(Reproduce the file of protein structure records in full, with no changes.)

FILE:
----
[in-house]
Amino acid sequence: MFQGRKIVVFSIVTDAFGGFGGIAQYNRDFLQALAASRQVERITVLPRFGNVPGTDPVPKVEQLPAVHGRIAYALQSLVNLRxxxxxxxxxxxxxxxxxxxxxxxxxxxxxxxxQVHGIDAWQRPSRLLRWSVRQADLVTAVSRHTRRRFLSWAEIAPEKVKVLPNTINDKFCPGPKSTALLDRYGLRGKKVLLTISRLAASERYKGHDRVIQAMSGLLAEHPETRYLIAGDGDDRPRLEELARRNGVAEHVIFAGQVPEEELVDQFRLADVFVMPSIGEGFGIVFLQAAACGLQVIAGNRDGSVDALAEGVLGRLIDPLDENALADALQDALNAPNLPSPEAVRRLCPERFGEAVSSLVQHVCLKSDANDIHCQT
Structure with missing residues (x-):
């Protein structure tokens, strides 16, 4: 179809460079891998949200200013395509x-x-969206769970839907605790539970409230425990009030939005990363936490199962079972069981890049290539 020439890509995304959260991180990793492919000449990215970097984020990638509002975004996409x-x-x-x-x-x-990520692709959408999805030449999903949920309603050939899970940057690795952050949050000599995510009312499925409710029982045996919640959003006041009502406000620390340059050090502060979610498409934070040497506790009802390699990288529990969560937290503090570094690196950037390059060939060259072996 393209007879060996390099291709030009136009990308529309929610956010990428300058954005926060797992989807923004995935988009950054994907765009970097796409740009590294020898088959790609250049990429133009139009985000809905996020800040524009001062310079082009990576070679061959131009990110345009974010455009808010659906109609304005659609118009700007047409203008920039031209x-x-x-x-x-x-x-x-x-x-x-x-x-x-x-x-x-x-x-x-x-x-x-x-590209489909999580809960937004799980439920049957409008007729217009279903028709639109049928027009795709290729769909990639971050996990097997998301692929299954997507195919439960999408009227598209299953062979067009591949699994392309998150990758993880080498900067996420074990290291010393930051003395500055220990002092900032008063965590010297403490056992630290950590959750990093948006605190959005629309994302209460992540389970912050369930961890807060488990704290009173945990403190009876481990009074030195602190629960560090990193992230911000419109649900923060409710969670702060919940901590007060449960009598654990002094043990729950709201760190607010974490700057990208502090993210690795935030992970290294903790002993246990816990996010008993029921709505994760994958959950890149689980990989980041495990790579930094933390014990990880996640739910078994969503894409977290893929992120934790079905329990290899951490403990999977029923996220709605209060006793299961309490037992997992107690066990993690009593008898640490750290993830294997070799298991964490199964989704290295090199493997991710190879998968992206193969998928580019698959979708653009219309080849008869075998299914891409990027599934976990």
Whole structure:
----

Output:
[in-house]
Amino acid sequence: MFQGRKIVVFSIVTDAFGGFGGIAQYNRDFLQALAASRQVERITVLPRFGNVPGTDPVPKVEQLPAVHGRIAYALQSLVNLRxxxxxxxxxxxxxxxxxxxxxxxxxxxxxxxxQVHGIDAWQRPSRLLRWSVRQADLVTAVSRHTRRRFLSWAEIAPEKVKVLPNTINDKFCPGPKSTALLDRYGLRGKKVLLTISRLAASERYKGHDRVIQAMSGLLAEHPETRYLIAGDGDDRPRLEELARRNGVAEHVIFAGQVPEEELVDQFRLADVFVMPSIGEGFGIVFLQAAACGLQVIAGNRDGSVDALAEGVLGRLIDPLDENALADALQDALNAPNLPSPEAVRRLCPERFGEAVSSLVQHVCLKSDANDIHCQT
Structure with missing residues (x-):
């Protein structure tokens, strides 16, 4: 179809460079891998949200200013395509x-x-969206769970839907605790539970409230425990009030939005990363936490199962079972069981890049290539 020439890509995304959260991180990793492919000449990215970097984020990638509002975004996409x-x-x-x-x-x-990520692709959408999805030449999903949920309603050939899970940057690795952050949050000599995510009312499925409710029982045996919640959003006041009502406000620390340059050090502060979610498409934070040497506790009802390699990288529990969560937290503090570094690196950037390059060939060259072996 393209007879060996390099291709030009136009990308529309929610956010990428300058954005926060797992989807923004995935988009950054994907765009970097796409740009590294020898088959790609250049990429133009139009985000809905996020800040524009001062310079082009990576070679061959131009990110345009974010455009808010659906109609304005659609118009700007047409203008920039031209x-x-x-x-x-x-x-x-x-x-x-x-x-x-x-x-x-x-x-x-x-x-x-x-590209489909999580809960937004799980439920049957409008007729217009279903028709639109049928027009795709290729769909990639971050996990097997998301692929299954997507195919439960999408009227598209299953062979067009591949699994392309998150990758993880080498900067996420074990290291010393930051003395500055220990002092900032008063965590010297403490056992630290950590959750990093948006605190959005629309994302209460992540389970912050369930961890807060488990704290009173945990403190009876481990009074030195602190629960560090990193992230911000419109649900923060409710969670702060919940901590007060449960009598654990002094043990729950709201760190607010974490700057990208502090993210690795935030992970290294903790002993246990816990996010008993029921709505994760994958959950890149689980990989980041495990790579930094933390014990990880996640739910078994969503894409977290893929992120934790079905329990290899951490403990999977029923996220709605209060006793299961309490037992997992107690066990993690009593008898640490750290993830294997070799298991964490199964989704290295090199493997991710190879998968992206193969998928580019698959979708653009219309080849008869075998299914891409990027599934976990």
Whole structure: